After Doc, whose number will Phils retire next?

April 9th, 2020

PHILADELPHIA -- Almost every Phillies fan who watched play in the 1960s and ‘70s believes he should be in the Hall of Fame.

They aren’t alone.

“Richie Allen was -- and still is -- a Hall of Famer as far as I’m concerned,” Willie Mays once told MLB Network.

Allen never got serious consideration from the Baseball Writers’ Association of America, inexplicably dropping off the ballot after just one year in 1983. He then fell one vote short of election in 2014, when the Golden Days Committee met. Allen was a controversial figure when he played, which might be why he is not in Cooperstown, N.Y. But he gets another crack at the Hall this December, when the Golden Days Committee reconvenes.

He should make it. Allen slashed .292/.378/.534 with 351 home runs, 1,119 RBIs, a .912 OPS and a 156 OPS+ in a 15-year career with the Phillies, Cardinals, Dodgers, White Sox and A’s. He won the 1972 American League Most Valuable Player Award. He earned MVP Award votes in six other seasons. He won the '64 National League Rookie of the Year Award. He made seven All-Star teams, including three with the Phillies. From '64-74, he posted a 58.3 WAR, according to Baseball Reference. It tied Mays for sixth place among position players in that 11-year span, behind Hank Aaron (68.8), Carl Yastrzemski (68.1), Roberto Clemente (64.7), Ron Santo (60.1) and Brooks Robinson (59.3). Pete Rose (58.0), Frank Robinson (55.4) and Joe Morgan (54.0) rounded out the top 10.

Allen’s name needs to appear on 12 of 16 Golden Days ballots for enshrinement. If he gets 12, it should answer a question that Phillies fans have pondered for the past few years: Who is the next player to have his number retired by the team?

The organization planned to retire 's No. 34 with a pregame ceremony on May 29, the 10th anniversary of his perfect game in Miami. It will not happen because of the coronavirus pandemic, but it will happen at some point. Halladay will be the seventh player to have his number retired by the Phillies. (No. 1), (No. 14), (No. 20), (No. 32), (No. 36) and Jackie Robinson (No. 42) are the others.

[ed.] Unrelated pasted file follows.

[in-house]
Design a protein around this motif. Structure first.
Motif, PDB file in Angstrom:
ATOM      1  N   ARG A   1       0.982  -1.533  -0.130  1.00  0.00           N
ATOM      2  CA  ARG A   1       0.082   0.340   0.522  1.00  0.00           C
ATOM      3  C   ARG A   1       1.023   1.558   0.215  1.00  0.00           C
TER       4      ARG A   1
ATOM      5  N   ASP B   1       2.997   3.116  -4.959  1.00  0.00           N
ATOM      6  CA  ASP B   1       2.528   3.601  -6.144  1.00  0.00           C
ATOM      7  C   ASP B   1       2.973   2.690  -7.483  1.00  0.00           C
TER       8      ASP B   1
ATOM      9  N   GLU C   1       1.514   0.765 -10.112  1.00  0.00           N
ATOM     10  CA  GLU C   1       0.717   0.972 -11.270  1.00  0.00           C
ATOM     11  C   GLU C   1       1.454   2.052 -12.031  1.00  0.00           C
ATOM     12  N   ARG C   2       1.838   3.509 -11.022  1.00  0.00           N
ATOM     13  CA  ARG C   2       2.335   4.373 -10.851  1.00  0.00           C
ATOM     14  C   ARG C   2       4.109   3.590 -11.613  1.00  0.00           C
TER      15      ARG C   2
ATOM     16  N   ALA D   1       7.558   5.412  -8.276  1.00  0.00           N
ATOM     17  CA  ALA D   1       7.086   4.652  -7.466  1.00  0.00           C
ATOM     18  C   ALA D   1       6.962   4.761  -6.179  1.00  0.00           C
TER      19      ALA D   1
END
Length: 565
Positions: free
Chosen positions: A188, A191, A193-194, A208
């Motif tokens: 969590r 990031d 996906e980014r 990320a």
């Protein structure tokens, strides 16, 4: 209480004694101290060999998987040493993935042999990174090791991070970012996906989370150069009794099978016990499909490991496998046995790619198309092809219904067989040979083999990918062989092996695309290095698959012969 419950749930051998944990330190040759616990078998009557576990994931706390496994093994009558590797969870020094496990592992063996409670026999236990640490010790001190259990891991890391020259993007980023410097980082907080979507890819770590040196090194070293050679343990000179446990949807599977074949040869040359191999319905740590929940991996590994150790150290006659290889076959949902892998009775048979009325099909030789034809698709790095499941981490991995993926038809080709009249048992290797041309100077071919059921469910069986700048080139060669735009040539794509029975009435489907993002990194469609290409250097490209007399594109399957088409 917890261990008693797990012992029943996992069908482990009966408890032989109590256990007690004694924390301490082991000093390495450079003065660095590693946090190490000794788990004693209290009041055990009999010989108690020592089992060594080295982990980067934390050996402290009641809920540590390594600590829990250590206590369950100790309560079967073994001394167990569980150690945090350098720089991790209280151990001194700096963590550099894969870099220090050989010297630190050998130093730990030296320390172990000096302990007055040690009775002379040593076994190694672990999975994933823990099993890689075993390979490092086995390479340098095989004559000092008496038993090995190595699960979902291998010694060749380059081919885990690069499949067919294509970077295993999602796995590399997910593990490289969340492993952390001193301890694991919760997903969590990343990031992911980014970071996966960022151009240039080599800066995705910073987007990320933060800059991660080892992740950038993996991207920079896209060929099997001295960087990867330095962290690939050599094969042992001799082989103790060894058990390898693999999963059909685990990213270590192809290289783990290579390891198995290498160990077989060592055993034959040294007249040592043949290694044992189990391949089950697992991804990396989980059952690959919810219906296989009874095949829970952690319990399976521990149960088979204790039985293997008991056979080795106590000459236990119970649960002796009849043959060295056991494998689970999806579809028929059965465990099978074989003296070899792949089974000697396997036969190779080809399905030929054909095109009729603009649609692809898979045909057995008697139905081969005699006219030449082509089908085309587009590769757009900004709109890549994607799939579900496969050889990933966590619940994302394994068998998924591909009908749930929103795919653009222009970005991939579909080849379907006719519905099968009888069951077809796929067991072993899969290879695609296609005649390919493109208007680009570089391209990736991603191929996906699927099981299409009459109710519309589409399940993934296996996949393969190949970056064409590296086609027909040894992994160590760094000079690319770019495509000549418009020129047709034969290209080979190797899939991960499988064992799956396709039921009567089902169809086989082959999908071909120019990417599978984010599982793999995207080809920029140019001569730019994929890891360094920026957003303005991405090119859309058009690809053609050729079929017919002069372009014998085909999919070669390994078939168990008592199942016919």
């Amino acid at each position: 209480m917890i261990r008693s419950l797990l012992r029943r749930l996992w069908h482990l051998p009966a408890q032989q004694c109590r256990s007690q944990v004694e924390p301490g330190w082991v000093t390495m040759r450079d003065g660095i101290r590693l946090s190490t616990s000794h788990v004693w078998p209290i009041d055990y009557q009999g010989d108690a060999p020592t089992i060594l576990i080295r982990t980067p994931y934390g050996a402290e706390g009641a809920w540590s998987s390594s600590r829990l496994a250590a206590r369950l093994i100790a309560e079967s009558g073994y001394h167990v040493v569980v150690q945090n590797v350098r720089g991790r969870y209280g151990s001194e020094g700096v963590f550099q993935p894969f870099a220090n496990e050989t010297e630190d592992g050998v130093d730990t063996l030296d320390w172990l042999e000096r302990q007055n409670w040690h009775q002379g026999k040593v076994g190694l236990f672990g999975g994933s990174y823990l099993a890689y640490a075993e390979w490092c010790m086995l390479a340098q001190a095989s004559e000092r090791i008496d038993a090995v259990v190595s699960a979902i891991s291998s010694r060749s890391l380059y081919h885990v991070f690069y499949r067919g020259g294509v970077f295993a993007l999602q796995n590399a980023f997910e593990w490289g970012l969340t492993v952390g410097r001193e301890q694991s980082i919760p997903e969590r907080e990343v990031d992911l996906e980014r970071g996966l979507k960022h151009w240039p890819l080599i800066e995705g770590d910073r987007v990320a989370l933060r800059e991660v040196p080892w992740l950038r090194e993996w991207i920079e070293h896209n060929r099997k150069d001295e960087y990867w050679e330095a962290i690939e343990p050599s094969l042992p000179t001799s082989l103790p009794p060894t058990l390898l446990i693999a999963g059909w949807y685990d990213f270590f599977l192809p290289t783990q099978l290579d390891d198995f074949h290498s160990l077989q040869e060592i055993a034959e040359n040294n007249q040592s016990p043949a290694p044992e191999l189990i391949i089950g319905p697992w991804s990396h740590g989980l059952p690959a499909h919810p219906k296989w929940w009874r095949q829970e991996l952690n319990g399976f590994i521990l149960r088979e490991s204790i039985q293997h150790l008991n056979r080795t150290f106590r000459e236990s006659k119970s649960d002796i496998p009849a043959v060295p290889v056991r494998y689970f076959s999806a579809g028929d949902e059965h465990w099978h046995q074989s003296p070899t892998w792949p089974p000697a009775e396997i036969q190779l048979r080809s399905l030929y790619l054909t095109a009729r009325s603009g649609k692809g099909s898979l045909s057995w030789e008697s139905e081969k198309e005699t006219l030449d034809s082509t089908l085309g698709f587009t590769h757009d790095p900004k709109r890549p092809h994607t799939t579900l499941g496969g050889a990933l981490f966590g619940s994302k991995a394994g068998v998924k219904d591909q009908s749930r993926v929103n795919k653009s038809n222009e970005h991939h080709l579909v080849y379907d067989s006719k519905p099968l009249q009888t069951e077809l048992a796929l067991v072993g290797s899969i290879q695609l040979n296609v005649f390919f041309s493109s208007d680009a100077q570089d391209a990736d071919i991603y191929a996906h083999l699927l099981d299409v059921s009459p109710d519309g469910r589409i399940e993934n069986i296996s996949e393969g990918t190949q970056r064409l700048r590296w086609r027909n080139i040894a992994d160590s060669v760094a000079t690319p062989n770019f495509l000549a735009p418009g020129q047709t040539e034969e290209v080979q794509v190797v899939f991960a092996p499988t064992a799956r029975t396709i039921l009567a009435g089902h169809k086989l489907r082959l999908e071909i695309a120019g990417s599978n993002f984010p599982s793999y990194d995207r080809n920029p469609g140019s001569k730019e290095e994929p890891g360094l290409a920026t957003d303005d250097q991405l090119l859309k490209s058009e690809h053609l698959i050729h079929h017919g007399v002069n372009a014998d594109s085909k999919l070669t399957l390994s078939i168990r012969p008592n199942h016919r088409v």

Allen (No. 15) presumably would be the eighth.

But who comes after that? The Phillies have an unwritten policy that they only retire numbers of players that put a Phillies logo on their Hall of Fame plaque in Cooperstown. (The organization made an exception for Halladay, who entered the Hall of Fame last summer without a logo on his plaque.) It is a policy that developed in the 1990s, according to a story in The Athletic in December, in part because Del Ennis' family, friends and fans kept pressuring the Phillies to retire his No. 14. Ennis had a nice career and grew up in Philadelphia, but he did not reach number-retirement standards.

and/or could follow Allen, if he makes it and they make it, but Schilling (Red Sox) and Rolen (Cardinals) could put another team’s logo on their plaque -- even though they played longer in Philadelphia than they played elsewhere.

But here is where things get interesting: The team’s Hall of Fame-only policy might prevent the Phillies from honoring three of the greatest and most popular players in franchise history, thereby preventing them from honoring a single player from their 2008 World Series championship team and arguably the greatest era in franchise history.

(No. 11), (No. 26) and (No. 6) are the greatest shortstop, second baseman and first baseman in franchise history, respectively. They had longer and more impactful stints in Philadelphia than Bunning (he spent only four prime years with the Phillies) and Halladay (he spent only two prime years with them). Rollins, Utley and Howard are all so revered that the Phillies have not issued their numbers since they left the organization. Meanwhile, Tim Worrell, Kyle Kendrick, Chad Billingsley, Andrew Bailey and Jorge Alfaro have worn Schilling’s No. 38 since he left in 2000, and bullpen coach Mick Billmeyer, Reid Brignac, Brian Bogusevic, Peter Bourjos, Pat Neshek and Rhys Hoskins have worn Rolen’s No. 17 since he left in '02.

Rollins (2022) and Utley ('24) should receive Hall of Fame consideration when they appear on the ballot, but they are not locks. There is no guarantee they make it.

“Having your jersey retired is probably the highest honors you can get from an organization,” Utley told The Athletic. “I think we’re all aware of the policies that they’ve had in place for years now. I get it. I totally understand that perspective. I don’t think Jimmy, nor myself nor Ryan expect them to change that policy just for us. We had a great time here. We have a lot of amazing memories. But those memories will never be forgotten, whether our jerseys are retired or not.”

But it sure would be nice.

“Of course,” Utley said. “Yeah. One day. You never know.”